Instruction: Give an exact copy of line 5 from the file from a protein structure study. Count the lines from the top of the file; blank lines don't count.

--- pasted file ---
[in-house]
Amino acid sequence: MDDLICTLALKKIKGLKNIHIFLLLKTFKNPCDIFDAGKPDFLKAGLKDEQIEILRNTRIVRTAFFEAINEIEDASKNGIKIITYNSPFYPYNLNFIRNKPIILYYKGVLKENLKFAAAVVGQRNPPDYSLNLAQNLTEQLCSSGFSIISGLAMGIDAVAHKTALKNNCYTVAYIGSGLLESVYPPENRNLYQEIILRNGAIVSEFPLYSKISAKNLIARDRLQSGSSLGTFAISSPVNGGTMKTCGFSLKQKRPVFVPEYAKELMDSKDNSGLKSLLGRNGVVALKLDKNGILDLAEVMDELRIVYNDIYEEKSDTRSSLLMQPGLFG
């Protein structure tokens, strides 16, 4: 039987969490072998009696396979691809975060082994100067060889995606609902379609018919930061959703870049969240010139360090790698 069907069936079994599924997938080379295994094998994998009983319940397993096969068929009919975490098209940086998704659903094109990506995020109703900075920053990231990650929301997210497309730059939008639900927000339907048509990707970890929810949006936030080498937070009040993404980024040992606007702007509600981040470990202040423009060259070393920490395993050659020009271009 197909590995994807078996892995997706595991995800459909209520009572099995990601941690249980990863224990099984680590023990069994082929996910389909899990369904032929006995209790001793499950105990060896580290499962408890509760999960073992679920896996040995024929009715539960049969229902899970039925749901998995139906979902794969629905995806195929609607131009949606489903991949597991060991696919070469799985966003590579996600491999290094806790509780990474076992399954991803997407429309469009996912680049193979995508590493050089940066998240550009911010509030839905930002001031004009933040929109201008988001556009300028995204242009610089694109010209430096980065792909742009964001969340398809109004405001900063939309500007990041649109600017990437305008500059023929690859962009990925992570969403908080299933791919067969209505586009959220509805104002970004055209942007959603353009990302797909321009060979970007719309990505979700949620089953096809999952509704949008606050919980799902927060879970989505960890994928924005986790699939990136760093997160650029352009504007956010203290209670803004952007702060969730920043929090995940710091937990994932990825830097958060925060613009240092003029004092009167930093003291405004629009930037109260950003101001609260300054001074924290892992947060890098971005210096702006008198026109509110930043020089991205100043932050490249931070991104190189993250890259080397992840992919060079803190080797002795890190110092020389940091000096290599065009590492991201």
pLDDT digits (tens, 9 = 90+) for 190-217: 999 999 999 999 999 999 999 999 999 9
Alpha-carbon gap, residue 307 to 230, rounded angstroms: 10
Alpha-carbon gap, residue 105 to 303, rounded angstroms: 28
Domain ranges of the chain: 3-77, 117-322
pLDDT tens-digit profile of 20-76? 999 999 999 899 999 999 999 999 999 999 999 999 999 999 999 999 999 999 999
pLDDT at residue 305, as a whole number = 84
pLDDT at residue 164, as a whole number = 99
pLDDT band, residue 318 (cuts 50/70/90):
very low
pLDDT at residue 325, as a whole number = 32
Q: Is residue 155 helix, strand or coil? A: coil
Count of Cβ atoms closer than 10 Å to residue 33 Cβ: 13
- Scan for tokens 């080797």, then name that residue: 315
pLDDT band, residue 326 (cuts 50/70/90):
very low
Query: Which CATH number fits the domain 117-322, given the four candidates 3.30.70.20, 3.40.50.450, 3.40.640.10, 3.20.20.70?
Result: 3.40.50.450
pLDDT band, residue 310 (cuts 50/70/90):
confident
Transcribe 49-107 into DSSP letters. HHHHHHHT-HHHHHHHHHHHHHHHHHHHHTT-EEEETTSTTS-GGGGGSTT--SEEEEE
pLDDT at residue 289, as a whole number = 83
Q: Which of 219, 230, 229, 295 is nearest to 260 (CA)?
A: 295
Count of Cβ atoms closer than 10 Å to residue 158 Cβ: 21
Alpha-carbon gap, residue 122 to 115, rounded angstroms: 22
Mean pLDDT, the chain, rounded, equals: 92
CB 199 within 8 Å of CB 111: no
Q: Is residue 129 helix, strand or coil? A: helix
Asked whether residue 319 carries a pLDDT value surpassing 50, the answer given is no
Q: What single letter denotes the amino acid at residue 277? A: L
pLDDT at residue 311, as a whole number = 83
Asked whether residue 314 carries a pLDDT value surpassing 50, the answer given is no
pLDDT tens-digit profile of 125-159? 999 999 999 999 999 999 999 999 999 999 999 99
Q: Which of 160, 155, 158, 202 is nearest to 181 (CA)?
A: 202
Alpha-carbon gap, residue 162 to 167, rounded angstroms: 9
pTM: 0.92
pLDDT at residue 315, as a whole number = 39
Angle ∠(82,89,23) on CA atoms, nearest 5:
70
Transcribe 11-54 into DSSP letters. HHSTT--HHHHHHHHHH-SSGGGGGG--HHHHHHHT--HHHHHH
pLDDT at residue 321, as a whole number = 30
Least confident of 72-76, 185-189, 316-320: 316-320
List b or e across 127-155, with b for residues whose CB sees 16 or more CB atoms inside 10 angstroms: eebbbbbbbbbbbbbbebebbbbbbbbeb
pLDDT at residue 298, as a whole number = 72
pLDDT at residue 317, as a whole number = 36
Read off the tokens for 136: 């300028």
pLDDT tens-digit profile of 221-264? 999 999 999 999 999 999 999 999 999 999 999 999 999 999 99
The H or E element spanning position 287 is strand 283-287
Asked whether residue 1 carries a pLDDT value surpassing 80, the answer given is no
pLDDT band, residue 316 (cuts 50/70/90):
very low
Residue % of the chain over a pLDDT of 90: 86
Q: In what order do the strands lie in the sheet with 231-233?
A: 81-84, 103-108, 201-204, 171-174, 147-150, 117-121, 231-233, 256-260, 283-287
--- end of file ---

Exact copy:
Alpha-carbon gap, residue 307 to 230, rounded angstroms: 10